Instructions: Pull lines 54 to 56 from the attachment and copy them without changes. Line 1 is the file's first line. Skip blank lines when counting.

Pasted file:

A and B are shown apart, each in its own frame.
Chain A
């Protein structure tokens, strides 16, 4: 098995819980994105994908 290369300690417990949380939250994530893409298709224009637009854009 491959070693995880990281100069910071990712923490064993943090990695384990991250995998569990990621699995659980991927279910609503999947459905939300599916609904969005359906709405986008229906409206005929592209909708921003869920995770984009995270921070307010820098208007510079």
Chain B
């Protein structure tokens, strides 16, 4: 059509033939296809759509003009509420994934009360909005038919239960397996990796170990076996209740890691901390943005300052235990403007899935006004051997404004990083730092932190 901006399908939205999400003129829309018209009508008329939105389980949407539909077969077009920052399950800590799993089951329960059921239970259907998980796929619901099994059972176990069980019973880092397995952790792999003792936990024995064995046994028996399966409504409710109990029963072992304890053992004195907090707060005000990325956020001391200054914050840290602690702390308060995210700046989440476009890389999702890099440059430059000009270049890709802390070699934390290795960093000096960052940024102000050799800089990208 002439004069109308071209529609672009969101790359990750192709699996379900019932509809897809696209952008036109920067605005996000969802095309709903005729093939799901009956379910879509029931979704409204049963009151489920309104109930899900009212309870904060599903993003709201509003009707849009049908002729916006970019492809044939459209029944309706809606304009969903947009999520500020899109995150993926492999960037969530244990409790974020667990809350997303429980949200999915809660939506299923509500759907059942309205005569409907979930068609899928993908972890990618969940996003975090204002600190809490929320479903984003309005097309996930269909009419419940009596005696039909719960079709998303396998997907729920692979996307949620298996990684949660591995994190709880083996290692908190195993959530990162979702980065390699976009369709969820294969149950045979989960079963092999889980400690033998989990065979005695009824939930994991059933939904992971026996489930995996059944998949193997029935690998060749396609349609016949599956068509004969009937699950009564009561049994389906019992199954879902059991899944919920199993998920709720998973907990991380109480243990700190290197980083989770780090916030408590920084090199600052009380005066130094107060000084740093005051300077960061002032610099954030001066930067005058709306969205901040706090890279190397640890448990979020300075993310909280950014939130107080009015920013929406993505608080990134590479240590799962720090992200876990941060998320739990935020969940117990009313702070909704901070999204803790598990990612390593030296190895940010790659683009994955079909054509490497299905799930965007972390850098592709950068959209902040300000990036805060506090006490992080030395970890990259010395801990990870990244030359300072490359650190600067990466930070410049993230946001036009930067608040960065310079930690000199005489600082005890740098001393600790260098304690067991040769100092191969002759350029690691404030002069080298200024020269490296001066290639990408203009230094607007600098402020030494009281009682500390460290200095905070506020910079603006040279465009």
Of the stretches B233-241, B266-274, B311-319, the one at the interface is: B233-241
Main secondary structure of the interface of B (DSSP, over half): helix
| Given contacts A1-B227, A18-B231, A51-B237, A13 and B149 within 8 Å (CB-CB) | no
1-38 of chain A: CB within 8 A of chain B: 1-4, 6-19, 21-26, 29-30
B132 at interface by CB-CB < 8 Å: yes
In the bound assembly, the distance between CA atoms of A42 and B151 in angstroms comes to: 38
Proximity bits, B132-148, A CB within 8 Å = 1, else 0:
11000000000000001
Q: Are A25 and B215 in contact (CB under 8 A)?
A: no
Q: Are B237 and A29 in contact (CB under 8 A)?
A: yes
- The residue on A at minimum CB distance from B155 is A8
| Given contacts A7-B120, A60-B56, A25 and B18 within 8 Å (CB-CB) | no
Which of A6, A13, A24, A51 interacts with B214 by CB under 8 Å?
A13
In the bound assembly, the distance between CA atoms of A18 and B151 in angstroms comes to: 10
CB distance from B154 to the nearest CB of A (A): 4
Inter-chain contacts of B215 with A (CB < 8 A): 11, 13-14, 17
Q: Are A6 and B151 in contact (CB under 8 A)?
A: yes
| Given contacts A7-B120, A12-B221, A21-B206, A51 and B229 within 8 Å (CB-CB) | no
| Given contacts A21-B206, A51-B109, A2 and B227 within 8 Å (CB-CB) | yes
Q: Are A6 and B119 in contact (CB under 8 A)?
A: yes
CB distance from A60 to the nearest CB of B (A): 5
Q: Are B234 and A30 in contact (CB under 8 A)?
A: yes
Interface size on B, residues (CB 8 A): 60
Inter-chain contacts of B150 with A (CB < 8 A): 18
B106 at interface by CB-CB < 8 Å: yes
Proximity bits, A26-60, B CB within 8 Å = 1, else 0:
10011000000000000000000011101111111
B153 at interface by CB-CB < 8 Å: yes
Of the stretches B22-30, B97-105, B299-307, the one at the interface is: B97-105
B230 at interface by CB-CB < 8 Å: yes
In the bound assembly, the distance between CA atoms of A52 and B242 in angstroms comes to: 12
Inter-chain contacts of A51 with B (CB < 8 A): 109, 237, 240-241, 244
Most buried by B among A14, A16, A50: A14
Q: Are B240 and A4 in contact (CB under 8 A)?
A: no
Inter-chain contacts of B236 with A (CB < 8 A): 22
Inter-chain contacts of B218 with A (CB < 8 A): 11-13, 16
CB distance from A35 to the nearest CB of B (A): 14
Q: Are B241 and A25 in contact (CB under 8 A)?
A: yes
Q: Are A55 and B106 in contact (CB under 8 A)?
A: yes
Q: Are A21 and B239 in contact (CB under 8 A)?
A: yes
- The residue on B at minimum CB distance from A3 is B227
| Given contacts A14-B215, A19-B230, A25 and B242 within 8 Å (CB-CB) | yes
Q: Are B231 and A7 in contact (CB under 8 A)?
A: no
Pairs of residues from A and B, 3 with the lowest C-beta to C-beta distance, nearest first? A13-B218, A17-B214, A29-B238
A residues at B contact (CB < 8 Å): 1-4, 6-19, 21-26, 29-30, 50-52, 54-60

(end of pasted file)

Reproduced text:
Q: Are A21 and B239 in contact (CB under 8 A)?
A: yes
- The residue on B at minimum CB distance from A3 is B227